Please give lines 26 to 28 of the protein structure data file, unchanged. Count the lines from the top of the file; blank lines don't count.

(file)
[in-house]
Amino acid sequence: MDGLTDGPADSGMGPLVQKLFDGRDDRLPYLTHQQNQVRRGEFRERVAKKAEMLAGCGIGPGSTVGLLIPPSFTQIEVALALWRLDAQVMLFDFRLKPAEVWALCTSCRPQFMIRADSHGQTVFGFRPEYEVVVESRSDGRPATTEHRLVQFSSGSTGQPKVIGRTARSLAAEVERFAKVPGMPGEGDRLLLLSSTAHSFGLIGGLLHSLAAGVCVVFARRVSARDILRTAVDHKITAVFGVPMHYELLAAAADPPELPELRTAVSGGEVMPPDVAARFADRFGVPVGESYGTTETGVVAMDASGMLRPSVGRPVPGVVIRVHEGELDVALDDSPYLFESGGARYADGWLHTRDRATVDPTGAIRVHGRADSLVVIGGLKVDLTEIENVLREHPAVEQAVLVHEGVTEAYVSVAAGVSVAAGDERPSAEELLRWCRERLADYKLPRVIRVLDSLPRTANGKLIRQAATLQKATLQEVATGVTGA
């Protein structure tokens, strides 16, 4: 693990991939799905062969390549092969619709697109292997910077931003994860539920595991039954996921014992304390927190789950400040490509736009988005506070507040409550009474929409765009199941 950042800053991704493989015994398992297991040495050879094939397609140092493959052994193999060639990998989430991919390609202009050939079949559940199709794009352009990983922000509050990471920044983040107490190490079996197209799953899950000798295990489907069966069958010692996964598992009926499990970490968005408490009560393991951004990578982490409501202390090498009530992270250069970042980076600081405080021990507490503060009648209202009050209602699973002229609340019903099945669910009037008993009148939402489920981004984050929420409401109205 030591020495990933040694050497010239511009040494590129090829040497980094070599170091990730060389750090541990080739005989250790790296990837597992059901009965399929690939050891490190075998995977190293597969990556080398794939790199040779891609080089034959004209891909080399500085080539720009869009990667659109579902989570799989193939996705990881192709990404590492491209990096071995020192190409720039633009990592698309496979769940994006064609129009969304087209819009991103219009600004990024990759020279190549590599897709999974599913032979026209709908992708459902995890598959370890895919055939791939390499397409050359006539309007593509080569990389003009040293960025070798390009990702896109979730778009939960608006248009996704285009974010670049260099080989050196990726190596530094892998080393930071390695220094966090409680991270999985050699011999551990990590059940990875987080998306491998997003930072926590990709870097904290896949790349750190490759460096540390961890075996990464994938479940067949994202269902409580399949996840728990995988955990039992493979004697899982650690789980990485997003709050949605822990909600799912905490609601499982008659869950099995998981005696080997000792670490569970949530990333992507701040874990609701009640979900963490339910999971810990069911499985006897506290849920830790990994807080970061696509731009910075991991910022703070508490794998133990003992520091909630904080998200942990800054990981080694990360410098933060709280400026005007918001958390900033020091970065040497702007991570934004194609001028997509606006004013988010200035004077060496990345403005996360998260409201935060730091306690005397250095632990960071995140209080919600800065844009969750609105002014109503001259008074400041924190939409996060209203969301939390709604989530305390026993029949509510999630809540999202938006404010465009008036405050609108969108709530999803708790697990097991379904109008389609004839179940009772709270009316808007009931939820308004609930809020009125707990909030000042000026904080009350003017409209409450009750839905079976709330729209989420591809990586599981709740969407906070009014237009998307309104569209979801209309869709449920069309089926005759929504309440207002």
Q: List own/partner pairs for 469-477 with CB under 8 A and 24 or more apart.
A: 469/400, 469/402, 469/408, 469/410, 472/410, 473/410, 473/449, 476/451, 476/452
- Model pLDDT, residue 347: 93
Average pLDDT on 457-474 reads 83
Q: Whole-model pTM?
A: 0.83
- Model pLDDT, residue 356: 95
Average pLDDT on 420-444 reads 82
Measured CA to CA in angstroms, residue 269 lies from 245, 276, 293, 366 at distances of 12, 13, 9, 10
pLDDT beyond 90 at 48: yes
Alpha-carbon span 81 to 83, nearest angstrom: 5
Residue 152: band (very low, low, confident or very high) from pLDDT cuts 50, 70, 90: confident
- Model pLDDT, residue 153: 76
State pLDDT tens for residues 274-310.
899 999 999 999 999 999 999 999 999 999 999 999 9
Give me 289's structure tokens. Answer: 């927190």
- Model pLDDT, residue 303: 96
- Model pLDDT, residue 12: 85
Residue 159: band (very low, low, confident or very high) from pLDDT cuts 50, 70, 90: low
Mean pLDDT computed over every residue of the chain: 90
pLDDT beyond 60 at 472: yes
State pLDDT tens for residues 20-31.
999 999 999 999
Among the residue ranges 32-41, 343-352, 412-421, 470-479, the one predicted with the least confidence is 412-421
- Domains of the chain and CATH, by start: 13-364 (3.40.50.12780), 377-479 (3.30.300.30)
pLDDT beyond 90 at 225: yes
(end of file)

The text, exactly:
999 999 999 999
Among the residue ranges 32-41, 343-352, 412-421, 470-479, the one predicted with the least confidence is 412-421
- Domains of the chain and CATH, by start: 13-364 (3.40.50.12780), 377-479 (3.30.300.30)